Volkonsky Keyser, MoMA, & Gulag Weekend of Oct. 17

Volkonsky Keyser, MoMA, & Gulag Weekend of Oct. 17

The math is becoming more involved and I am required to spend more and more time with it. Perhaps if I had spent more time in the beginning, I wouldn’t have to now. Nah, that never works. Anyway, Dan shows how our exhaustion is setting in.

Dan works hard. And then he drops.

Dan works hard. And then he drops.

On Saturday after my morning run we took off to the center of Moscow to begin our walking tour. We were going to get a snack at Volkonsky Keyser first, then head to the Museum of Modern Art, and finish with the Gulag (and eat a pastry afterward to cheer us up). Into the metro!

The metro station we stopped at to surface and begin our walking tour with Volkonsky Keyser bakery.

The metro station we stopped at to surface and begin our walking tour with Volkonsky Keyser bakery.

Another shot of the station.

Another shot of the station.

We surfaced to the presence of this grand building, some nice soviet architecture.

We surfaced to the presence of this grand building, some nice soviet architecture.

All deliciousness in one building. There were too many choices so we ended up each getting a few items and splitting them. All the pastries were scrumptious! And the olive bread was great. We saved some of that for after the Gulag.

All deliciousness within arm’s reach almost—except, none of us spoke good Russian to order; luckily, the understood pointing. There were too many choices so we ended up each getting a few items and splitting them. All the pastries were scrumptious! And the olive bread was great. We saved some of that for after the Gulag.

John, Mark, and Lenny all ready for sweets.

John, Mark, and Lenny all ready for sweets.

There were a bunch of statues out front of the MoMA, and unfortunately they were probably the best part.

There were a bunch of statues out front of the MoMA, and unfortunately they were probably the best part.

I even got to ride on a ram!

I even got to ride on a ram!

This was the best exhibit. "Say I love You" by Andrey Bartenev. Those little things are speakers along curved metal poles. Ambient music would play and the sound would travel up and down the metal poles. There was a microphone and a computer handling everything. We were supposed to say "I love you" into the microphone. When we said it the computer inputted the quote into the mix and would repeat it every now and then. It was a lot of fun saying random things into the microphone and listening to how they would return, sometimes in different sequences than how they were inputted.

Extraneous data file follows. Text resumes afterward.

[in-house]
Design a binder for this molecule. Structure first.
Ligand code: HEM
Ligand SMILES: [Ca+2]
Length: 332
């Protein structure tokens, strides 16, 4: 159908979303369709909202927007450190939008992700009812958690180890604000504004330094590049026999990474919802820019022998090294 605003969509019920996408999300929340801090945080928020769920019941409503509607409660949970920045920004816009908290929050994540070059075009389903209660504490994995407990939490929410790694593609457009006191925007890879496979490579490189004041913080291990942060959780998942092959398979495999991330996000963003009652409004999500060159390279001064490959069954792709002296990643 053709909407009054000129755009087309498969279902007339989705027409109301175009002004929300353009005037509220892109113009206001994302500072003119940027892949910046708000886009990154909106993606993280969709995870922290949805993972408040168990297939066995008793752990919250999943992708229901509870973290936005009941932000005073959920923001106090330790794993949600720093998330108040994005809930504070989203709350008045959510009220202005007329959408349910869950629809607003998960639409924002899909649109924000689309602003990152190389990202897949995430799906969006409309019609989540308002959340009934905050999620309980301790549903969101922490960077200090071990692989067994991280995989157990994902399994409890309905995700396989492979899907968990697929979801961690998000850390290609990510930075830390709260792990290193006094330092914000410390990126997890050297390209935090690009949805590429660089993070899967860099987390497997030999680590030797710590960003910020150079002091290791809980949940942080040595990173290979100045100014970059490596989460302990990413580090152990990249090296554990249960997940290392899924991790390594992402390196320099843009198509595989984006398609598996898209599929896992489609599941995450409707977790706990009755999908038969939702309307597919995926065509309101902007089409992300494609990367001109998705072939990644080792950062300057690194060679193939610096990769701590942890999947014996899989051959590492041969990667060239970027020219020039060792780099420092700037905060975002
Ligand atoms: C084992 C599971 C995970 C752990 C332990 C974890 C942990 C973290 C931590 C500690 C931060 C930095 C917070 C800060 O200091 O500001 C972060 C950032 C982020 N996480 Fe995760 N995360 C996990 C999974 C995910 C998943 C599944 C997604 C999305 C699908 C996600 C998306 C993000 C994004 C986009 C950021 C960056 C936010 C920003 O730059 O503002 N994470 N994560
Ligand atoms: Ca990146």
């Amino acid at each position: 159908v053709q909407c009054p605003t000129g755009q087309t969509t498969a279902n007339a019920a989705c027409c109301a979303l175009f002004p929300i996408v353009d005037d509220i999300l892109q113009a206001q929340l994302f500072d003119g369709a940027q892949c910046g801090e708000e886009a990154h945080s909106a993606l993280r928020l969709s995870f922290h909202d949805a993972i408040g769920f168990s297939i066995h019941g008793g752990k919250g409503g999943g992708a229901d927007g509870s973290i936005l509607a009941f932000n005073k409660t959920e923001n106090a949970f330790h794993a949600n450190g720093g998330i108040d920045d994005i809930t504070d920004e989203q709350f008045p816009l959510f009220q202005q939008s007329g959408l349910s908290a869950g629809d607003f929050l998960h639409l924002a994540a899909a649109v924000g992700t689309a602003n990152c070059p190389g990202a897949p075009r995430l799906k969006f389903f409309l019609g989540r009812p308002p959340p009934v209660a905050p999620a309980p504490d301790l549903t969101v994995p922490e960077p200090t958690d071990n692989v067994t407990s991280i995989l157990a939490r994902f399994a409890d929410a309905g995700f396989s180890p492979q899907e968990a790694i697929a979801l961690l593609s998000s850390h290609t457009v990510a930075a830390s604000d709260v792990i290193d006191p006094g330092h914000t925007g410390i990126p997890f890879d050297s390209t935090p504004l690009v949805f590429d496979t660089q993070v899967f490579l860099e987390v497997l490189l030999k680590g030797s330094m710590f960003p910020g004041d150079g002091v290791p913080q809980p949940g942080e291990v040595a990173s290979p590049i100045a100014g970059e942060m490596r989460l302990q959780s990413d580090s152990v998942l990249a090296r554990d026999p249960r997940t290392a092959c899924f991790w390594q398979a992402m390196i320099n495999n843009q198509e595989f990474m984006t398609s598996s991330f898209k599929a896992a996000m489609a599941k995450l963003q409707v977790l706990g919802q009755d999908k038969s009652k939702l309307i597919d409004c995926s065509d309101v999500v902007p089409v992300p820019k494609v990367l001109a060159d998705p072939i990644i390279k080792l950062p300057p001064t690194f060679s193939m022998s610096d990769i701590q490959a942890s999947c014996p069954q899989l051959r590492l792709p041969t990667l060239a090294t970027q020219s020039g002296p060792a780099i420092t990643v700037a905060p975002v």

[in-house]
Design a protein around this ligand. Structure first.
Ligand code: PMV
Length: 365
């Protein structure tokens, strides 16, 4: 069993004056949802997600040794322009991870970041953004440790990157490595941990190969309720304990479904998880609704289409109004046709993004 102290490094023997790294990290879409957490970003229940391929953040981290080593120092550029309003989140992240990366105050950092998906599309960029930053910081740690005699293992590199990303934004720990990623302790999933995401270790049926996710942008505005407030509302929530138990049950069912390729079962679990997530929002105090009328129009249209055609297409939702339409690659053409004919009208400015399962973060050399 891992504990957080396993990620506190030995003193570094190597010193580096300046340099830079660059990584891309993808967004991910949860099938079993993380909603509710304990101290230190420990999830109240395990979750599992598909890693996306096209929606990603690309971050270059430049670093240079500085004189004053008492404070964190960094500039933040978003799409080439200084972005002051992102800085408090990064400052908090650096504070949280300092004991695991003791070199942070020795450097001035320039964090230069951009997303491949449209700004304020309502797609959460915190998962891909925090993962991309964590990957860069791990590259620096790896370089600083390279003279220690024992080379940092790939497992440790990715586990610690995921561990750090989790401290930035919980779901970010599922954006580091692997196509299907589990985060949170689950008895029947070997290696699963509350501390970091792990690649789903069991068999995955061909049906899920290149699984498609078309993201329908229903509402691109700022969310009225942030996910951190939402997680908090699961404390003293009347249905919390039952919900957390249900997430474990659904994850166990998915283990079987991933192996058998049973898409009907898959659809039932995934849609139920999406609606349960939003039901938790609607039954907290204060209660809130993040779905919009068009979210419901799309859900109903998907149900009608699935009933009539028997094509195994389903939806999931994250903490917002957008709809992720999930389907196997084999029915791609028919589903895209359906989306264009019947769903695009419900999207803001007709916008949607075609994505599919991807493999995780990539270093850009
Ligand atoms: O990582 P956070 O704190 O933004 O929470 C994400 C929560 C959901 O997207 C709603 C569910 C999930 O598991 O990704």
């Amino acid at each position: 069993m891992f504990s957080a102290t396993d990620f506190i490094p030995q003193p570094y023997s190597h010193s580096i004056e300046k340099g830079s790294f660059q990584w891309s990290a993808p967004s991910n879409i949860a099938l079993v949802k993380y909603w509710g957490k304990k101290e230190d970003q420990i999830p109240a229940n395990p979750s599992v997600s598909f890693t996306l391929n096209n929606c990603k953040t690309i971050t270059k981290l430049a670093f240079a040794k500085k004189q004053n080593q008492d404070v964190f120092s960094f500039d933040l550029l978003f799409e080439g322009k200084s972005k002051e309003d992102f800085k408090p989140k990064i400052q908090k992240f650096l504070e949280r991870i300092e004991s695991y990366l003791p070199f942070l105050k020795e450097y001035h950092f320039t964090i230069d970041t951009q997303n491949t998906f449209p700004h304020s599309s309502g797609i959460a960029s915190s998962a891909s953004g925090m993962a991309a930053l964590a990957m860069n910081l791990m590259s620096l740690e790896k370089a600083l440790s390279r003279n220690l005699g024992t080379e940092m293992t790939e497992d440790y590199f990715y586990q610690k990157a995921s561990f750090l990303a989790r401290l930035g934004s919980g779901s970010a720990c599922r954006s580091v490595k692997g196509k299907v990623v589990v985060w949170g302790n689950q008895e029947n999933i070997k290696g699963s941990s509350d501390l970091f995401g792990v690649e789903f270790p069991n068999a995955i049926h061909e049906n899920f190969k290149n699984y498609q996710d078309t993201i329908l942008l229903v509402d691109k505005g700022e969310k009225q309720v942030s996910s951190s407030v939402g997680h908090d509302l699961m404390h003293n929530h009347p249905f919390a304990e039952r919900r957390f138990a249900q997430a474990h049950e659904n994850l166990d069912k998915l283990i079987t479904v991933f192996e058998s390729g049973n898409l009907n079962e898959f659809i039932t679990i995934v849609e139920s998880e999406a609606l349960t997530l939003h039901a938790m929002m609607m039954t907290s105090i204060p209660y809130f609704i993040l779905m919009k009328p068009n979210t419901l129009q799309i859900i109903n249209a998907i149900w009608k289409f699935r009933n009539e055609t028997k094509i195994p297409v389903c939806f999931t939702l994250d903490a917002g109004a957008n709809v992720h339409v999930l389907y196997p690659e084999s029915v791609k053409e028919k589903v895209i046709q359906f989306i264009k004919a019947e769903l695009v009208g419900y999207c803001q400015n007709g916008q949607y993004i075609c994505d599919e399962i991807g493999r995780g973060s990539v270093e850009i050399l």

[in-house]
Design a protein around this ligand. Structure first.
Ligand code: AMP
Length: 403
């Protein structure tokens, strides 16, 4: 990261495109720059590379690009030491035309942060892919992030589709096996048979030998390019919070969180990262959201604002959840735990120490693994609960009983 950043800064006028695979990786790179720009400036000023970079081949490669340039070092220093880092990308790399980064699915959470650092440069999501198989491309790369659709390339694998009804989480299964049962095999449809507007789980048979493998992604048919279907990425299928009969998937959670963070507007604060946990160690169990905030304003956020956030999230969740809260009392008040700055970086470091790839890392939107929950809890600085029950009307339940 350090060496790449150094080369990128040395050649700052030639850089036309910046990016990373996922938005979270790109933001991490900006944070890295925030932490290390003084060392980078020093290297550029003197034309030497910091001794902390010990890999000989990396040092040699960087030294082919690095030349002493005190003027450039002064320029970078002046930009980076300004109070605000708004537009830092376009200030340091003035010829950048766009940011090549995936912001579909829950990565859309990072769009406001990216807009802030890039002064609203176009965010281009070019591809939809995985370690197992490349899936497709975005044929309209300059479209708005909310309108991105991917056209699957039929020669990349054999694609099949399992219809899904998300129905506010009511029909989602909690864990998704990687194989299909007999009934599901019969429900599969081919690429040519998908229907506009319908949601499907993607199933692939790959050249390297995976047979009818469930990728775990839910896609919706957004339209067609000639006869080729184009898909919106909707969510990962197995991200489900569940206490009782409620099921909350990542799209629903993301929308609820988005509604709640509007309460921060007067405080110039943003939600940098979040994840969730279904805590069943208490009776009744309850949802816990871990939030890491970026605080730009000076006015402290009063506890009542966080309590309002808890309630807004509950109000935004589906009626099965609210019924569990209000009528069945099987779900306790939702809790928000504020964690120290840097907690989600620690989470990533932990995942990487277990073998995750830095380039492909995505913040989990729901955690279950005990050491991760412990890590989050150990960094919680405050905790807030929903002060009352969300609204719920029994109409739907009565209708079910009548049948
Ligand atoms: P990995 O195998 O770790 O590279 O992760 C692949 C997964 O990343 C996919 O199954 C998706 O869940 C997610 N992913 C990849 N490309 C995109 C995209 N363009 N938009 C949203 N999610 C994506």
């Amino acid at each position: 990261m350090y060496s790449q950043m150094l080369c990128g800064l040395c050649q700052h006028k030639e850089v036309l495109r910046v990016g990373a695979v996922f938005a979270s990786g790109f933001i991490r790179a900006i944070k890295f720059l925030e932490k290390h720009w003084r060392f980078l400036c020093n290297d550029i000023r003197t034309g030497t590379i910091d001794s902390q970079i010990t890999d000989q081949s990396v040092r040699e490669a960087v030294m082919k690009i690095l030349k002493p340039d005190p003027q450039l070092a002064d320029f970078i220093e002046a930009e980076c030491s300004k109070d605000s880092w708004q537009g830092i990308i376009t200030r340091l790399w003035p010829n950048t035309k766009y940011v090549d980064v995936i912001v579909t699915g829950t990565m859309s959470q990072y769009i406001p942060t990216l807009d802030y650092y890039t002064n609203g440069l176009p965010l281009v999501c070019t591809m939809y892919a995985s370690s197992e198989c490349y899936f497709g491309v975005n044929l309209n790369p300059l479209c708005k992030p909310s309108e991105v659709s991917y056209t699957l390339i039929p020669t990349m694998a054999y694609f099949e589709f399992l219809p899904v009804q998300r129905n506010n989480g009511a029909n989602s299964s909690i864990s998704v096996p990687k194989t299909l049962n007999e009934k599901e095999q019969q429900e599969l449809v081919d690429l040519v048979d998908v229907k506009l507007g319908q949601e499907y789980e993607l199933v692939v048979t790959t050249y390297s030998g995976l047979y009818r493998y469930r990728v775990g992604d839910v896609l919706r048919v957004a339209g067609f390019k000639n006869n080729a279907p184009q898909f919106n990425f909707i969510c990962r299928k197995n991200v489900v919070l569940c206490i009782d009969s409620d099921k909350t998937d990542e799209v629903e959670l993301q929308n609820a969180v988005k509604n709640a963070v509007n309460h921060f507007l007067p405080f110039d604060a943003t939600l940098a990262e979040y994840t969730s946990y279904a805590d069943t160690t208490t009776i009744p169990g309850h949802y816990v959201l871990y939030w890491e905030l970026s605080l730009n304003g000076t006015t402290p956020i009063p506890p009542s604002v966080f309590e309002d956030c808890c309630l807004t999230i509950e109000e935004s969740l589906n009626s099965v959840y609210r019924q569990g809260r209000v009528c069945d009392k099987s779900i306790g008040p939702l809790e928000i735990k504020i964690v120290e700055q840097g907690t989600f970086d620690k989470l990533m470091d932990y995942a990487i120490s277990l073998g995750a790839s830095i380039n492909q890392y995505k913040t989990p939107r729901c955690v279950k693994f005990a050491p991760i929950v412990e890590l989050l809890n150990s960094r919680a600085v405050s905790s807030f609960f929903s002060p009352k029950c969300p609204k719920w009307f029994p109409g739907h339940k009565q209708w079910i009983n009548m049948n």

This was the best exhibit. “Say I love You” by Andrey Bartenev. Those little things are speakers along curved metal poles. Ambient music would play and the sound would travel up and down the metal poles. There was a microphone and a computer handling everything. We were supposed to say “I love you” into the microphone. When we said it the computer inputted the quote into the mix and would repeat it every now and then. It was a lot of fun saying random things into the microphone and listening to how they would return, sometimes in different sequences than how they were inputted.

Monkey Bars! Lenny and I got to climb on them. There was a repeating song that quickly became annoying coming through speakers. A video of dudes climbing on the bars accompanied the speakers. So we figured it was alright if we climbed on them as well.

Monkey Bars! Lenny and I got to climb on them. There was a repeating song that quickly became annoying coming through speakers. A video of dudes climbing on the bars accompanied the speakers. So we figured it was alright if we climbed on them as well.

Then we headed down the street to find the Gulag, a museum memorializing those sent to Siberia among other places during Stalin’s reign.